Automotive design has been a constant source of wonder and amazement over just a little over a century of car making. While the list might seem incomplete after you see it, here are some of our picks for beautifully strange car designs.
The Concept cars are usually the category where the most bold moves and attempts are made – and we selected some that actually do have something that’s useful, even though at the time it looked to be completely science-fiction material.
1932 Ford Speedster – this was the child of Henry’s son Edsel Ford and designer Eugene Gregorie and featured a starter button decades before the standard introduction across line-ups. It also previewed the typical roadster setup – low on the road, with a very long bonnet and rear-swept cockpit.
1936 Stout Scarab – William Stout made this, a designer that had an aircraft engineer background and was a pioneer in luxury and leisure on board a car. The very aerodynamic Scarab is essentially a luxury restaurant on wheels, with a Ford V8 and an aluminum body.
1942 Oeuf electrique – which translates to the “Electric Egg”. The shape is novel for the time, the use of hand-formed aluminum and curved Plexiglass as well, and decades after the gasoline beat electricity to power cars the Oeuf used batteries for movements needs – long before Elon musk and the likes brought back electric cars in fashion.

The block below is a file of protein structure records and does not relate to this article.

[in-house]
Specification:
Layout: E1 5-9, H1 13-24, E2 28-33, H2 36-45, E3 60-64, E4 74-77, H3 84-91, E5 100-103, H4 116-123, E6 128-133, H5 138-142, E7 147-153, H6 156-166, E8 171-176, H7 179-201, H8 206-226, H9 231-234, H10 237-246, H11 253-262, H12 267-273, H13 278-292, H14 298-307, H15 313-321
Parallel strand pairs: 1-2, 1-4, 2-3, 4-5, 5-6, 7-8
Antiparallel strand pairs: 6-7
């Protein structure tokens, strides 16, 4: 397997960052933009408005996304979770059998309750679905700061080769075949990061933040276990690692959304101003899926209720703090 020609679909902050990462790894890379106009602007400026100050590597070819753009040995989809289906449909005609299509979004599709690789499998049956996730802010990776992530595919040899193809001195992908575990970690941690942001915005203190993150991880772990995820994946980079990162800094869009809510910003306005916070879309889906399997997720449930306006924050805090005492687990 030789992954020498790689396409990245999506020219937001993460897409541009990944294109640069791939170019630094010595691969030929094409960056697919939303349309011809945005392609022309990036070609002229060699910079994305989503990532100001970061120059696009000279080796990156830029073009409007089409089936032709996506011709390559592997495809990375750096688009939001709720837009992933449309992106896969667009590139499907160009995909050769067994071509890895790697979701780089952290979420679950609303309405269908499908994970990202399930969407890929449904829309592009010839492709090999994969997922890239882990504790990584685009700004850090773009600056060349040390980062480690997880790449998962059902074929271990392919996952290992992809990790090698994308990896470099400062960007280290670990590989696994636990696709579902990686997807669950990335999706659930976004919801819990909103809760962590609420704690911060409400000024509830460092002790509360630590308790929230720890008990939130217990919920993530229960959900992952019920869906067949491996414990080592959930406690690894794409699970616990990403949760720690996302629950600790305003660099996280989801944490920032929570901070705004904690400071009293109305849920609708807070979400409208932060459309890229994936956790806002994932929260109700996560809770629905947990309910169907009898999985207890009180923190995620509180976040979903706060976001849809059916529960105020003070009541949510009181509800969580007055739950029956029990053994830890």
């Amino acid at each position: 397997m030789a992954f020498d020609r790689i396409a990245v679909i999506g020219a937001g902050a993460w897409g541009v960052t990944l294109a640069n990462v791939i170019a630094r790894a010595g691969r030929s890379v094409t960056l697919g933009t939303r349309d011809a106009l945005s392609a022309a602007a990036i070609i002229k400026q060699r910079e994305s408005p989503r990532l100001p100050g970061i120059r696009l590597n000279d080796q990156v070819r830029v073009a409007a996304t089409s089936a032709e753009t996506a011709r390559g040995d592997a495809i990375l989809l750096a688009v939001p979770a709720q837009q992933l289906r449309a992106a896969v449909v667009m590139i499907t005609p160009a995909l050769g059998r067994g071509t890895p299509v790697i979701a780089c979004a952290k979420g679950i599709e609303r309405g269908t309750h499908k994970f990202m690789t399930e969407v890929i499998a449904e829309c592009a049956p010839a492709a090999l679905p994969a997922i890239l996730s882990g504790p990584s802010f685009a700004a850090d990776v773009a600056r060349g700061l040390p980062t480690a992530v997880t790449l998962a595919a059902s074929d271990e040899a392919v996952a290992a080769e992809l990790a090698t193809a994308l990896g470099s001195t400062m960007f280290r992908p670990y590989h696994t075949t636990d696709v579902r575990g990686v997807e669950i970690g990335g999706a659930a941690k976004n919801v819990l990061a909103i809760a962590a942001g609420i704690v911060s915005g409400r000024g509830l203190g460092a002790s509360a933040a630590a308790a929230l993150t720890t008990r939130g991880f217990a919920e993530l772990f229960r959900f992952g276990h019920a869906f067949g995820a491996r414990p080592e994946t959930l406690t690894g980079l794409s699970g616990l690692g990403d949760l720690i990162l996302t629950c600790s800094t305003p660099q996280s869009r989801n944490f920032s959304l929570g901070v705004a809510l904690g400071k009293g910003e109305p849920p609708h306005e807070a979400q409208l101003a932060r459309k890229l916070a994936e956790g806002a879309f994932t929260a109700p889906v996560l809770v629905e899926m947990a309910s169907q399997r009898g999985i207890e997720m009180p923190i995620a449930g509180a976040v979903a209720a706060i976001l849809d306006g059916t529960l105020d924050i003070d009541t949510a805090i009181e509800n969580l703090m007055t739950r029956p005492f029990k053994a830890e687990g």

1959 Cadillac Cyclone – the two black pointy cones where the headlights are usually located are actually the radar domes for the car’s crash avoidance system – you might know it better today as the adaptive cruise control. Also, the model had warning lights and chimes if a crash was impending, or could even brake on itself if it was unavoidable.
1970 Ferrari (Pininfarina) 512 S Modulo – while the Italian Pininfarina had a record of designing beautiful cars, clearly the Ferrari 512 S Modulo car was not searching for that, but rather technical prowess using the chassis of the Ferrari 512S race car.
2001 BMW Gina Light Visionary Model – this could be considered the culmination of BMW design director Chris Bangle, famous for the unorthodox approach to the traditional German design. Gina is a future’s car with its body covered in polyurethane-coated spandex that can move to suit aerodynamic needs.